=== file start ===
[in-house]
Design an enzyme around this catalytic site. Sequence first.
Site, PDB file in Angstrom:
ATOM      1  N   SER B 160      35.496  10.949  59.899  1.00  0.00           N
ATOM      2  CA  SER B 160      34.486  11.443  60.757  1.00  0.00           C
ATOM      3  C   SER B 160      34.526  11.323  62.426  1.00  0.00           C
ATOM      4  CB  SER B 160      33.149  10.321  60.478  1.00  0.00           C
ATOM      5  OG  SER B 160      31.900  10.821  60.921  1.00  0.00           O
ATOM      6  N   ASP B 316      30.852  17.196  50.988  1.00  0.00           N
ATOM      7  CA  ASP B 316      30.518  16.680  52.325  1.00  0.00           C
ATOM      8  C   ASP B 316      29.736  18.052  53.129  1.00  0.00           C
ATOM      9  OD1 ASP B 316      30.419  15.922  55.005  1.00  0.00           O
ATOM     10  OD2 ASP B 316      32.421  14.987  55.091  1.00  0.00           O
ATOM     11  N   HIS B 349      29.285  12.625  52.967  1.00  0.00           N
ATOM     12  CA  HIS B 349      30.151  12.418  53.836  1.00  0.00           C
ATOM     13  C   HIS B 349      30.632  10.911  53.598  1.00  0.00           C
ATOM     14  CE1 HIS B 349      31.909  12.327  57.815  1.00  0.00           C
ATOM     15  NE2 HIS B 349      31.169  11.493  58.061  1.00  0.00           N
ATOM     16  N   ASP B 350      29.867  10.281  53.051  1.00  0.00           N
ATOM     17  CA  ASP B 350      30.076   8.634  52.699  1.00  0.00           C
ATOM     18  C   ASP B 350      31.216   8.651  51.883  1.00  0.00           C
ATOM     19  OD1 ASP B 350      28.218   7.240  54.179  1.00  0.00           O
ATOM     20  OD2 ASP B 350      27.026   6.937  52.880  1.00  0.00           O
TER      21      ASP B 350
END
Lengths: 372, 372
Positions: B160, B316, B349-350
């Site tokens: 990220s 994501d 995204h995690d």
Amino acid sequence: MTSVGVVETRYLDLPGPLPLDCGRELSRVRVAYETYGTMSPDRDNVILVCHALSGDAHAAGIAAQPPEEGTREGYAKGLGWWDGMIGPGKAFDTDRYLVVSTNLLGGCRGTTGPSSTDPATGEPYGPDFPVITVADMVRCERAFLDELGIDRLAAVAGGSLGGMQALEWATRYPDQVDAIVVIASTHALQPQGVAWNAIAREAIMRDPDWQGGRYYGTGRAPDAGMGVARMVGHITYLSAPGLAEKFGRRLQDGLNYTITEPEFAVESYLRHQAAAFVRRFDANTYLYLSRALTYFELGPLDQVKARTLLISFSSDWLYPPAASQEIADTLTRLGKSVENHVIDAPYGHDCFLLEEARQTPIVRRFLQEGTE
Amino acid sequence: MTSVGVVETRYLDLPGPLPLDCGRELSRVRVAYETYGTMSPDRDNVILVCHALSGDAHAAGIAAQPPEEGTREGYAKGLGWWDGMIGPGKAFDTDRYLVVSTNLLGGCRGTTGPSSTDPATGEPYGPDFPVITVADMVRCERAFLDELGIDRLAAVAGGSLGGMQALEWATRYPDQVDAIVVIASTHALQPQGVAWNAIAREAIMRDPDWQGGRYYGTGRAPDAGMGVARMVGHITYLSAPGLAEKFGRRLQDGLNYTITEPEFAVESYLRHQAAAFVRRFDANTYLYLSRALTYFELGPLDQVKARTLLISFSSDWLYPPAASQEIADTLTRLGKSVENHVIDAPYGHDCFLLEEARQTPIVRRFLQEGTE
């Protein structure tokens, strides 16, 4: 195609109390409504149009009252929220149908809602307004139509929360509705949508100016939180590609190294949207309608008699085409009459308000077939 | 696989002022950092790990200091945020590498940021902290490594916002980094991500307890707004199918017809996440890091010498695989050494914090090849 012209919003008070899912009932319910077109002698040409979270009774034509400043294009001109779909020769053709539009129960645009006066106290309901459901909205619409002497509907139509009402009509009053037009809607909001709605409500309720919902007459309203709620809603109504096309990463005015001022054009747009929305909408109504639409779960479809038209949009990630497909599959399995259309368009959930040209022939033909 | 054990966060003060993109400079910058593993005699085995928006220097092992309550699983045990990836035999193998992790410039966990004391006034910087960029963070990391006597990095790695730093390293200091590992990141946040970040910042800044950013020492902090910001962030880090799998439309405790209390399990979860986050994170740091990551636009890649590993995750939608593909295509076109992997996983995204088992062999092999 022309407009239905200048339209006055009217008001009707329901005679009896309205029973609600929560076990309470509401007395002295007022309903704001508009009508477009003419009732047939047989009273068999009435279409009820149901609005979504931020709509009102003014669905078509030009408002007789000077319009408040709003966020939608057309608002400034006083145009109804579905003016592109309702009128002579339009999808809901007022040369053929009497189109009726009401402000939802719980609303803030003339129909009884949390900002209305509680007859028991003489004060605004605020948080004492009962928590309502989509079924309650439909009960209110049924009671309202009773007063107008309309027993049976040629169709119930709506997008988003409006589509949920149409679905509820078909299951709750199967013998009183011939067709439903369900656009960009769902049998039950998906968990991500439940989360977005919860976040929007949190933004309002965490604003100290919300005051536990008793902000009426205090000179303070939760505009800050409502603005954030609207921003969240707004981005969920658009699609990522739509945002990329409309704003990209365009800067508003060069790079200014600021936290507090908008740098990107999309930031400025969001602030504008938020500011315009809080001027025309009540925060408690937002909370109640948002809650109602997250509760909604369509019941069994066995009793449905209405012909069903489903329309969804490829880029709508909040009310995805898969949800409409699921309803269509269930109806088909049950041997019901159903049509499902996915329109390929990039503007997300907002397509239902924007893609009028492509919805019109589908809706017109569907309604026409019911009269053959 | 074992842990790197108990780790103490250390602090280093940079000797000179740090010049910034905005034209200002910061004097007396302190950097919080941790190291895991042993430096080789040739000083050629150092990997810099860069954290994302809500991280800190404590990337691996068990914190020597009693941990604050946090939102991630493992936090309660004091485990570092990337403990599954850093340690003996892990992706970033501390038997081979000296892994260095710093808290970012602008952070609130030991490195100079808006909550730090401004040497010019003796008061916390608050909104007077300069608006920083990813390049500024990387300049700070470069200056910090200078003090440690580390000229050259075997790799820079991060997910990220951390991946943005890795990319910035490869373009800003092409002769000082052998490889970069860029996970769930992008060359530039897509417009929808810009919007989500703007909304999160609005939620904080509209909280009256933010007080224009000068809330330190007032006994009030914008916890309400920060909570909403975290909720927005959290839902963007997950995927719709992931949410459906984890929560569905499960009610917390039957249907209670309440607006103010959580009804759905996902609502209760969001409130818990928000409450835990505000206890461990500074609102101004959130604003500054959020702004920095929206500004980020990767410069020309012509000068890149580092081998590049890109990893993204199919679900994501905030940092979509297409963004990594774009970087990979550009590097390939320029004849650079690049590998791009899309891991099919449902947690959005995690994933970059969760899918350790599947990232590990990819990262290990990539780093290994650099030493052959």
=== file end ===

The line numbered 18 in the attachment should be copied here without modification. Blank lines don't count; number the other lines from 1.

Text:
ATOM     15  NE2 HIS B 349      31.169  11.493  58.061  1.00  0.00           N